Virtual reality technology can ease design process for combat vehicles
PARIS. At this year’s Eurosatory, BAE System is showcasing its virtual reality (VR) technology that will speed up the design and development process for new vehicle parts, therefore facilitating the decision steps for tank commanders on the battlefield. Engineers are demonstrating this technology by using its Terrier Combat Engineer vehicle with a VR headset.
“Every time you want to upgrade a vehicle or even just design a simple new part, it’s very difficult to predict how it will work and whether it will affect the user experience. As soon as you need to make something and bolt it to the vehicle, it adds hours or even weeks to the process," says John Puddy, Technology Lead for BAE Systems Land in the U.K.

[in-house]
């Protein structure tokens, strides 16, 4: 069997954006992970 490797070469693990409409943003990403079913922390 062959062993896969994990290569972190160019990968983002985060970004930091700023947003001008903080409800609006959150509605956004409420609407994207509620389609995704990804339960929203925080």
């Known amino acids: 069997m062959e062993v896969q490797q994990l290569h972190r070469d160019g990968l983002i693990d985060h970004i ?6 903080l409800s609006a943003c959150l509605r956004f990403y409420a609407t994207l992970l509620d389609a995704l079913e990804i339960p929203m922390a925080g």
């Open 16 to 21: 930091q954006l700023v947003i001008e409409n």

Buddy continues to say, “being able to ‘virtually’ bolt a new part to a vehicle means you can see exactly how it would fit. You can even sit in the vehicle like one of the crew and check it doesn’t affect your performance – our software will even superimpose your hands in real-time into the virtual world, so you ‘touch’ the vehicle.”
BAE System officials do not want to limit this technology to just engineering. They plan to employ it to provide more cost-effective training for soldiers and their vehicles. By virtually training soldiers to maintain and operate vehicles, officials say it will help reduce accidents and be more efficient. An example already in place is the British army's battle tank, the Challenger, which is using this technology and training methodology.
Using VR technology allows engineers to make more design iterations to refine new parts or upgrades, officials state. BAE Systems has also worked with soldiers to test changes in VR and uses their feedback to improve the design in real-time.
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